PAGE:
He twittered my rational addiction video late last year and includes it in a side post (http://timharford.com/2011/01/are-the-economists-on-drugs-too/ ), so maybe I can take a small crumb of credit for the idea? (His is much more accessible to non-economists, though...)
I wasn’t always an alcoholic tramp. I am a man of letters. I studied Philosophy, Politics and Economics at Oxford, like that David Cameron fellow. But when I looked at the options open to me – over-worked banker, castrated civil-servant or, worst of all, parliamentarian – I decided that the optimal course of affairs would be to begin building up my stock of addictive capital.
I don’t want to romanticise life as a rough-sleeping bum. It gets cold and lonely. I’m not sure what is keeping my underpants together, though I’m sure they wouldn’t survive contact with suds and warm water. But my boozy existence has a cool, calculating logic. I know that seems odd, but thankfully Gary Becker and Kevin Murphy, two of the University of Chicago’s most celebrated economists, have worked out the details in their theory of rational addiction.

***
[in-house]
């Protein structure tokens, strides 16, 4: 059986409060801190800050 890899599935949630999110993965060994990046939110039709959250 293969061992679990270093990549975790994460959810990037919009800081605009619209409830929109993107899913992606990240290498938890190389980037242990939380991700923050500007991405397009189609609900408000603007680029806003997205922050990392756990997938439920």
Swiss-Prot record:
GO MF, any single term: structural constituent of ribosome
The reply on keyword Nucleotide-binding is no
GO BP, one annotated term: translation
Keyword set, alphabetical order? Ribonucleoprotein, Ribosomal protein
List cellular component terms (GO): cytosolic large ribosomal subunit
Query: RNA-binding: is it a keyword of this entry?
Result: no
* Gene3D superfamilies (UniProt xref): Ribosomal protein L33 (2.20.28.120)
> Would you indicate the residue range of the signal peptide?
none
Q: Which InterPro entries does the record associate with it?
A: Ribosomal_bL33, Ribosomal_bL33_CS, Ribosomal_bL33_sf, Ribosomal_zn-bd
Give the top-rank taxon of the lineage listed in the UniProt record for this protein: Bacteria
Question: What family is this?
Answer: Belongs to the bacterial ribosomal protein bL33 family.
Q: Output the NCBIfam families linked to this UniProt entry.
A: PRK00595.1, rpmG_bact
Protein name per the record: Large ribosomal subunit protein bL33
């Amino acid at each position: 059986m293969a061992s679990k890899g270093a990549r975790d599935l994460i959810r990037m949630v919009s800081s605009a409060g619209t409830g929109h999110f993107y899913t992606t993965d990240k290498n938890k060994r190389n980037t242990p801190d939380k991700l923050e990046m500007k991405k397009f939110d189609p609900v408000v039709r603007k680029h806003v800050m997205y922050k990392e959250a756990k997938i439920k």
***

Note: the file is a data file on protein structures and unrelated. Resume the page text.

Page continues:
Read more at timharford.com
For sure, not everything is perfect. But I’m a rational addict; a utility-maximising old soak. I drink because it makes sense to do so – by following an ex-ante optimal inter-temporal consumption plan, as they say. Speaking of which, let me crack open a bottle of strong cider … that’s better.